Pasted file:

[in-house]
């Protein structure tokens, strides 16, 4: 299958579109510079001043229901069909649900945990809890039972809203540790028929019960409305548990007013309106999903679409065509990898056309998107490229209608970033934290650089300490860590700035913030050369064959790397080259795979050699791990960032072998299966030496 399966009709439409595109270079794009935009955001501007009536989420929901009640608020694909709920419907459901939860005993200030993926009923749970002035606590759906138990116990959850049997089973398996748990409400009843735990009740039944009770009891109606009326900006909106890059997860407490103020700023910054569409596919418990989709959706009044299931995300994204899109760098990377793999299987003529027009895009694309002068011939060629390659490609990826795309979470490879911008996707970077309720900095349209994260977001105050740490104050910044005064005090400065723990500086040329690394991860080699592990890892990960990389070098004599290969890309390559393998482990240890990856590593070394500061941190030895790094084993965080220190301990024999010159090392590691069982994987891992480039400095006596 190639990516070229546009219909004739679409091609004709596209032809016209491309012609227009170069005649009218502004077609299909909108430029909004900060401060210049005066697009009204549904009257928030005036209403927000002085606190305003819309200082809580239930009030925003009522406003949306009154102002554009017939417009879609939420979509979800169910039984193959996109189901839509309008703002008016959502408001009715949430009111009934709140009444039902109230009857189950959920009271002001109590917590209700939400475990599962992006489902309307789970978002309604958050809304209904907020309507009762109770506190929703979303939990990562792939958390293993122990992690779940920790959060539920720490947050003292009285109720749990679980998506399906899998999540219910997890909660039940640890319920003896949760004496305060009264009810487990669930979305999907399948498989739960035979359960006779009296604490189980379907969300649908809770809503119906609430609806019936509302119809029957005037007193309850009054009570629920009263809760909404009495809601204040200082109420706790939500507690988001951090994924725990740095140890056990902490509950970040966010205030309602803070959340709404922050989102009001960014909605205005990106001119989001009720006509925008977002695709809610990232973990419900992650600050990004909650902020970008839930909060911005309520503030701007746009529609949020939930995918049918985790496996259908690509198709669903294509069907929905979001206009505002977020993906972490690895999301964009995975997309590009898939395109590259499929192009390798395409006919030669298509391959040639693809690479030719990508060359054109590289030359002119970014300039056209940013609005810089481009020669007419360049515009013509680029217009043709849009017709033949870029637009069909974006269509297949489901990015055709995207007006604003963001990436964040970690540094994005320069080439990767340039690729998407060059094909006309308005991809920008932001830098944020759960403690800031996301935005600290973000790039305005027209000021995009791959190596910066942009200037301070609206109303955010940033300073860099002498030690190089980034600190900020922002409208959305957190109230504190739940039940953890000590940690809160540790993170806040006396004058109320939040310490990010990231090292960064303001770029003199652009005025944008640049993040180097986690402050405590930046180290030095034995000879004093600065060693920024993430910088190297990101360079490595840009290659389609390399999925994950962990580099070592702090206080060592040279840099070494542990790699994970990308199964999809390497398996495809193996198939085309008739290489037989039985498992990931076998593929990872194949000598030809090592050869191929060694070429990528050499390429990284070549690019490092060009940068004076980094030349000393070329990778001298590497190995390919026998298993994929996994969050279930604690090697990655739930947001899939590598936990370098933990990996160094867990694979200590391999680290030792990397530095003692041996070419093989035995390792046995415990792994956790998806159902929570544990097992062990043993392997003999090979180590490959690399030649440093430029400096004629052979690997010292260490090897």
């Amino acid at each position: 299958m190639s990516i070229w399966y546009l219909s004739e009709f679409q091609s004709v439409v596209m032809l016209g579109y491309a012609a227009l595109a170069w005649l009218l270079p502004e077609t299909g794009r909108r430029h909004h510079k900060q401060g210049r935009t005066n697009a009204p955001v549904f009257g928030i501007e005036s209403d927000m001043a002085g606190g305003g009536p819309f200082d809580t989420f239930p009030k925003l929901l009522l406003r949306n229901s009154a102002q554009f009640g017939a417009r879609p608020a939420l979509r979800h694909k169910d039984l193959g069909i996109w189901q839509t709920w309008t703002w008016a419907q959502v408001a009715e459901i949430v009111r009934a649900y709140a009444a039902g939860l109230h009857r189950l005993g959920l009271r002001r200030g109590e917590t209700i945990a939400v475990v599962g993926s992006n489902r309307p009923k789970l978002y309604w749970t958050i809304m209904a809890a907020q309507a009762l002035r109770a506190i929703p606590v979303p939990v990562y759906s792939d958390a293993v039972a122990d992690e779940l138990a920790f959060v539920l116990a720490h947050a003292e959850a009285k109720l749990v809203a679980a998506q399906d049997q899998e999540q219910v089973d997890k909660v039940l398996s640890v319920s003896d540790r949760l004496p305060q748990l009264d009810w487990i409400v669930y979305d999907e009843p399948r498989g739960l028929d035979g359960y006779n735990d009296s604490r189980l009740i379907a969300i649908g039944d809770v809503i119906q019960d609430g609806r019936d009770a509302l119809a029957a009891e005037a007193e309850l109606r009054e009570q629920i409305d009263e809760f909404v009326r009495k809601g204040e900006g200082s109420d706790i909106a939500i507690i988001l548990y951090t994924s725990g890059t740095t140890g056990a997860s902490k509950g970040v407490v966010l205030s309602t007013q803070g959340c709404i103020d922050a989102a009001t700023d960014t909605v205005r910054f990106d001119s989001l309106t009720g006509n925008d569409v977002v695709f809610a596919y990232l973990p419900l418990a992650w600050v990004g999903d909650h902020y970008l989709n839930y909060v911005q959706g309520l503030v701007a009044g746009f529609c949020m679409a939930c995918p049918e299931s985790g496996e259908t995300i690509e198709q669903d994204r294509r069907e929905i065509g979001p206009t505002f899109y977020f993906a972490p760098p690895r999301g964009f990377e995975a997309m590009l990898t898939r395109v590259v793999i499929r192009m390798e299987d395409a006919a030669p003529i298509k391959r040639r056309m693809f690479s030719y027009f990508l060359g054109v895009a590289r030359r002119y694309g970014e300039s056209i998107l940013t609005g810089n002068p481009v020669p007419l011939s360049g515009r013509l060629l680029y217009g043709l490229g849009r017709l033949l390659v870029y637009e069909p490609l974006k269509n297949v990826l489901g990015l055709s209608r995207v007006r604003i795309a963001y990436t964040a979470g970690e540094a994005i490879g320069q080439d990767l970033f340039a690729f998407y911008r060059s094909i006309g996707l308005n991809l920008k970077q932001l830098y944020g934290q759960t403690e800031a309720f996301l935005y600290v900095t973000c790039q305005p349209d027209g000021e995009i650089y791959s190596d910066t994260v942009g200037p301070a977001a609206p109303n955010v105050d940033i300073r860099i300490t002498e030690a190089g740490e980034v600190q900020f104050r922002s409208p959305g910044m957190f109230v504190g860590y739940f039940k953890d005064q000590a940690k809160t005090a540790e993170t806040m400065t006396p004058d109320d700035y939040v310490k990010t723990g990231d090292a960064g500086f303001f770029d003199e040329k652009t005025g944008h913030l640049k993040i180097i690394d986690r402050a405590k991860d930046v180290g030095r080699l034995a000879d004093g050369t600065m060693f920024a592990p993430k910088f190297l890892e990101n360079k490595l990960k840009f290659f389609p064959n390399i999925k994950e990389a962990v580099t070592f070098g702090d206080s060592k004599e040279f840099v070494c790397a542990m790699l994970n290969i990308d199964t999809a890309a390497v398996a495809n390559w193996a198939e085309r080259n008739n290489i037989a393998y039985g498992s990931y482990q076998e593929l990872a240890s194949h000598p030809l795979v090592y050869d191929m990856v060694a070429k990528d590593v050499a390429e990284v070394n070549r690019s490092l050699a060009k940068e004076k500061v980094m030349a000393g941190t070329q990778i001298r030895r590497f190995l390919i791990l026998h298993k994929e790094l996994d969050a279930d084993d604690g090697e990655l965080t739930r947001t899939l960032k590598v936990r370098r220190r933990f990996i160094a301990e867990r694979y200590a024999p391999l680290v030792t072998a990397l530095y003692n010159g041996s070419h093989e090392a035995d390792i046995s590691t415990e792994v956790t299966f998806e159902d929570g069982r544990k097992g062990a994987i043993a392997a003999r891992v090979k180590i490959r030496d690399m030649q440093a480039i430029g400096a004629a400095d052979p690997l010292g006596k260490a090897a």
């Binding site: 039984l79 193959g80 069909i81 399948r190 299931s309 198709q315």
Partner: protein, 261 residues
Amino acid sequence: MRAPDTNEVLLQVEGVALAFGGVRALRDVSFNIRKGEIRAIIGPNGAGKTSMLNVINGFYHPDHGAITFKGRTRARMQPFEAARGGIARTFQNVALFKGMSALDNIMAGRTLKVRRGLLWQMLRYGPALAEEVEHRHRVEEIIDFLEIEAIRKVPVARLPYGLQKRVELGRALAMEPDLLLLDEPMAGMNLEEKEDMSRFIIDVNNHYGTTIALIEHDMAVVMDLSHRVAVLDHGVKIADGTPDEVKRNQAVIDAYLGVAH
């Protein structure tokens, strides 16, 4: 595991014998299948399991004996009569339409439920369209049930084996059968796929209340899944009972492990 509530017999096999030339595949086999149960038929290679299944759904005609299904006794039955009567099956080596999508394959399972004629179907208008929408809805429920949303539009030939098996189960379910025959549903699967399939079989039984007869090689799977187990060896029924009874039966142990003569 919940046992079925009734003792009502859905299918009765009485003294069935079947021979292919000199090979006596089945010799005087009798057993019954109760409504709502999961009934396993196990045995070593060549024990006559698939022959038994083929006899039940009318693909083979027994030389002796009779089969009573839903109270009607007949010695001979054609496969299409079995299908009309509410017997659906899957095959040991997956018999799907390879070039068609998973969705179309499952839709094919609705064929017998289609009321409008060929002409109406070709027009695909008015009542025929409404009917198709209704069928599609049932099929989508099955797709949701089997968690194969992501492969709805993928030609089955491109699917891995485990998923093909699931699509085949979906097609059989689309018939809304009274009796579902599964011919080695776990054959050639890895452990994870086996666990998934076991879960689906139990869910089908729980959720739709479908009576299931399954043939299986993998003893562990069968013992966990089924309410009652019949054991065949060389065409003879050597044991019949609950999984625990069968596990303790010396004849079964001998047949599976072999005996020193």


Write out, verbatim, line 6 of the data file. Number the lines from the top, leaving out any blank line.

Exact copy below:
Amino acid sequence: MRAPDTNEVLLQVEGVALAFGGVRALRDVSFNIRKGEIRAIIGPNGAGKTSMLNVINGFYHPDHGAITFKGRTRARMQPFEAARGGIARTFQNVALFKGMSALDNIMAGRTLKVRRGLLWQMLRYGPALAEEVEHRHRVEEIIDFLEIEAIRKVPVARLPYGLQKRVELGRALAMEPDLLLLDEPMAGMNLEEKEDMSRFIIDVNNHYGTTIALIEHDMAVVMDLSHRVAVLDHGVKIADGTPDEVKRNQAVIDAYLGVAH